Children frequently dream and often find it difficult to sleep due to their worries about the danger of the alienated parent and the guilt (conscious and subconscious) they may feel as a result of participating in the process of alienation.
A variety of eating disorders have been noted in children who are surrounded by parental alienation. This includes anorexia nervosa, obesity and bulimia.
- EDUCATIONAL PROBLEMS
Children who are subjected to and under the pressure of the alienating parents of having to reject one parent suffer from school dysfunctions. They may become disruptive as well as aggressive at school.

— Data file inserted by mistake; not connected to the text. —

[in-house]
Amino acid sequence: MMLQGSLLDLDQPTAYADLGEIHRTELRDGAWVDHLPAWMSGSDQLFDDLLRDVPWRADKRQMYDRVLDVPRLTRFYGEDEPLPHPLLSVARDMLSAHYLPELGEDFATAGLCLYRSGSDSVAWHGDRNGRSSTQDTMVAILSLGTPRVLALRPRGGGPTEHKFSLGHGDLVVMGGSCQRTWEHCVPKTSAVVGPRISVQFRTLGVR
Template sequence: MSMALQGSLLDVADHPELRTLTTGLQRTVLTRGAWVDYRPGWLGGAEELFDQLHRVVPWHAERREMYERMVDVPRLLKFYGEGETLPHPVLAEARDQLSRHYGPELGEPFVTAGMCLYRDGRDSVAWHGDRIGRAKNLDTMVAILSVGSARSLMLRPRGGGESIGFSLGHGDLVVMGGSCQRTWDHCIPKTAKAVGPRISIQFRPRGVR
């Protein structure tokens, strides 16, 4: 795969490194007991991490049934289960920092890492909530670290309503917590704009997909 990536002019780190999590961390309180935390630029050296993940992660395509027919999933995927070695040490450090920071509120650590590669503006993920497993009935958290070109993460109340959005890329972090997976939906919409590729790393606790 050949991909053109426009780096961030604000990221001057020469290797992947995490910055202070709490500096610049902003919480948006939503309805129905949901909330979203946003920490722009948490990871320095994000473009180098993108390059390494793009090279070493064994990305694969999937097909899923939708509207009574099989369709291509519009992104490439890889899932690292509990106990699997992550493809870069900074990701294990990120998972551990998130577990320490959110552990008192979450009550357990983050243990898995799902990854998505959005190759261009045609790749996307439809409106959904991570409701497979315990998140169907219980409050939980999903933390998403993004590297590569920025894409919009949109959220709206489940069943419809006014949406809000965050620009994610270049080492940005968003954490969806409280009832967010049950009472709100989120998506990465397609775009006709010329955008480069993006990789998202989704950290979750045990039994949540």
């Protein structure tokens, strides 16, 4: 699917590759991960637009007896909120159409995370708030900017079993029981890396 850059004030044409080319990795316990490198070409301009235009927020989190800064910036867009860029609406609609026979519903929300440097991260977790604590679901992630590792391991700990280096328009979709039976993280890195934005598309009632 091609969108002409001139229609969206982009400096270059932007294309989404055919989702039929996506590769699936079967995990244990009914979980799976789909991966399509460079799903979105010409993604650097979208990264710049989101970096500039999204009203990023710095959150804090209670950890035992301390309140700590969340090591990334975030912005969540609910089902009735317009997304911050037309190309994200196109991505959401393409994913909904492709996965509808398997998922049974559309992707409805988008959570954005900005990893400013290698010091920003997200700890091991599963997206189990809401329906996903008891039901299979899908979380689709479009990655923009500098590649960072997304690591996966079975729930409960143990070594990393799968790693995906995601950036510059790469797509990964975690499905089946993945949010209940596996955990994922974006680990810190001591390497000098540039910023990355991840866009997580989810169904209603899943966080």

A number of very young children due to the pressure and frustrations around them suffer from bed wetting and soiling. This is a response to the psychological disturbance of losing one parent and being subjected to the other parent’s hostility to the rejected parent.
- DRUG ABUSE AND SELF DESTRUCTIVE BEHAVIOUR
Drug abuse and self-destructive behaviours are frequently observed in children who have suffered from parental alienation. This tendency is due to a need to escape one’s feelings of the projected abuse they have suffered through the experience and the desire to escape from it. In the extreme such self-destructive behaviour can lead to suicidal tendencies.
- OBSESSIVE-COMPULSIVE BEHAVIOUR
This psychological reaction is frequently present in PA children. Such children will seek to find security in their environment by adopting a variety of obsessive-compulsive behaviour patterns.